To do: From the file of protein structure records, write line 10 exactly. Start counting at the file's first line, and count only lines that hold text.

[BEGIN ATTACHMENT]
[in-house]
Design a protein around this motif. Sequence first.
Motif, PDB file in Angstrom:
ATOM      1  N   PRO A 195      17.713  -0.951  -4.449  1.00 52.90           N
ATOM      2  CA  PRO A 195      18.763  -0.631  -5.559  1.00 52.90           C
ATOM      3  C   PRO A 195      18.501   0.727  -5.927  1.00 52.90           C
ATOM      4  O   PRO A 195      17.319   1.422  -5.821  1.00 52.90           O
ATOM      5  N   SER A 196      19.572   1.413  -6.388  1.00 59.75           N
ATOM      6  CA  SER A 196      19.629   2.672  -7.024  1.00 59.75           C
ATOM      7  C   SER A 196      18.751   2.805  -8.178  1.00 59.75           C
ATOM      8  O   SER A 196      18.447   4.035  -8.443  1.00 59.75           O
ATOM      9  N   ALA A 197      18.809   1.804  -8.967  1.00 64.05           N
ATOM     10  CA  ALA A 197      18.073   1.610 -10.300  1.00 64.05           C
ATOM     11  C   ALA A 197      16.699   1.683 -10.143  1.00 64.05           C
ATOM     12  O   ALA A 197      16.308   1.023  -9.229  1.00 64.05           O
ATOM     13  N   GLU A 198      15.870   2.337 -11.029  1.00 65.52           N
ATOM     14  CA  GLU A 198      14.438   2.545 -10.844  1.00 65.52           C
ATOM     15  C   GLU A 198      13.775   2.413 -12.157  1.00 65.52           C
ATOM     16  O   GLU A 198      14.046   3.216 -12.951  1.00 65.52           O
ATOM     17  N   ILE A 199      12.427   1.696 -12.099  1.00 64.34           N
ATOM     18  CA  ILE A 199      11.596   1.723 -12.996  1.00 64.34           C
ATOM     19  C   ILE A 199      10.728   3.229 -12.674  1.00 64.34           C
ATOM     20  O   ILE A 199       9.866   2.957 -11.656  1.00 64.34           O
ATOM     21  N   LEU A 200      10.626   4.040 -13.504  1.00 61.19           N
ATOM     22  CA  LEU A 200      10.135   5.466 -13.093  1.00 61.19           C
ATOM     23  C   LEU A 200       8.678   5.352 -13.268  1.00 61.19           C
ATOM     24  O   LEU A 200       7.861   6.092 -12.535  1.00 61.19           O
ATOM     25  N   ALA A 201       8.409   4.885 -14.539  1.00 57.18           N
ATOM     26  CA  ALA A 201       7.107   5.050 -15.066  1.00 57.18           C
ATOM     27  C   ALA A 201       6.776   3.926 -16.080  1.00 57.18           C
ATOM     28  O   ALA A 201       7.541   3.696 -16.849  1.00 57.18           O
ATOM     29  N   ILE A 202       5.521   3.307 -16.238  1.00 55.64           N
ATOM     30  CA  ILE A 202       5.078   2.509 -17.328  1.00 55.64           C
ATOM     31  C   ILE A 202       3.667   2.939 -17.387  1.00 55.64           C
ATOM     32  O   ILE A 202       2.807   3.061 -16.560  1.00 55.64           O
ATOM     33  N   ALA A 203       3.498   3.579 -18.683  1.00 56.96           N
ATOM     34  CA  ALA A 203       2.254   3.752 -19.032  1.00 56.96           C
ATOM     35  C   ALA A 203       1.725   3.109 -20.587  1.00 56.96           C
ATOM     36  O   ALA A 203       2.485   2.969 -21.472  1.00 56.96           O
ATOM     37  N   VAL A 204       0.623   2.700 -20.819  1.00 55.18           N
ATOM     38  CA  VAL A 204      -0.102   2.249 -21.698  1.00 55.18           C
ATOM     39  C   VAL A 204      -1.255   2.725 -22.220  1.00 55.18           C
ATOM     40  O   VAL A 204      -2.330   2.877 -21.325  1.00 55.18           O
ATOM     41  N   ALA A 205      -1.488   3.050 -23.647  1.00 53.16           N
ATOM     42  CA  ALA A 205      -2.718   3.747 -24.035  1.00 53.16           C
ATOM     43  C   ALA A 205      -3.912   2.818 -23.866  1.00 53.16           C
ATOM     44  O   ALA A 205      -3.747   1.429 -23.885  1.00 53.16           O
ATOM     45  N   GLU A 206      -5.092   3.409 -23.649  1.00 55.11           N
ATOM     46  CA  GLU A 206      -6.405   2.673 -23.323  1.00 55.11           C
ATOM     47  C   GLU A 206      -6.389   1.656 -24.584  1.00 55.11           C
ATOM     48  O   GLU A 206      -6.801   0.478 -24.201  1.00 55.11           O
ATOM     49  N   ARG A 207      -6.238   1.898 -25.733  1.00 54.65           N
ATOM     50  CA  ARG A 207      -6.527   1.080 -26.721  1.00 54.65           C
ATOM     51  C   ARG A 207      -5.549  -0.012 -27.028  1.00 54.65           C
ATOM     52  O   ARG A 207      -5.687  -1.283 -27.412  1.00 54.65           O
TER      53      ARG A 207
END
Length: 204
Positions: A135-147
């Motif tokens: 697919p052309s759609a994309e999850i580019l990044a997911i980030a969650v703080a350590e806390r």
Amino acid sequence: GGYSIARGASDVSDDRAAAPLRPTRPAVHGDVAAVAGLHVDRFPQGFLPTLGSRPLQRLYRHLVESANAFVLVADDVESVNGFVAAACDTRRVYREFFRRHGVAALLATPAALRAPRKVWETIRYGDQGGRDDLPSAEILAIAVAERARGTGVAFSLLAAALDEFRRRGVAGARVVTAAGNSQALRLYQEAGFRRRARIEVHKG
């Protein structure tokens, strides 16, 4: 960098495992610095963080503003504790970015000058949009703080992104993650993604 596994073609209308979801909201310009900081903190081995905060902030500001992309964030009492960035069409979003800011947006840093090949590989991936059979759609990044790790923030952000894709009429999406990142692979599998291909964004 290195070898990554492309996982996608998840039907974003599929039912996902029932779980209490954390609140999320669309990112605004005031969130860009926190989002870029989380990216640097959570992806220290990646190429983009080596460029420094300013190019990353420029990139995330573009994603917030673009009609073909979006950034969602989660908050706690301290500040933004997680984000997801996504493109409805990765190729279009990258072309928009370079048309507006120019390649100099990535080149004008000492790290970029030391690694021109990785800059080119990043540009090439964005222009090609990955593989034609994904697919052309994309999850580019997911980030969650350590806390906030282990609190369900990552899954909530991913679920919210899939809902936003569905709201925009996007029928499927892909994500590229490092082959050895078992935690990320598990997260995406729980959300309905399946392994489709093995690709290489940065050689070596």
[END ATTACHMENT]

ATOM      7  C   SER A 196      18.751   2.805  -8.178  1.00 59.75           C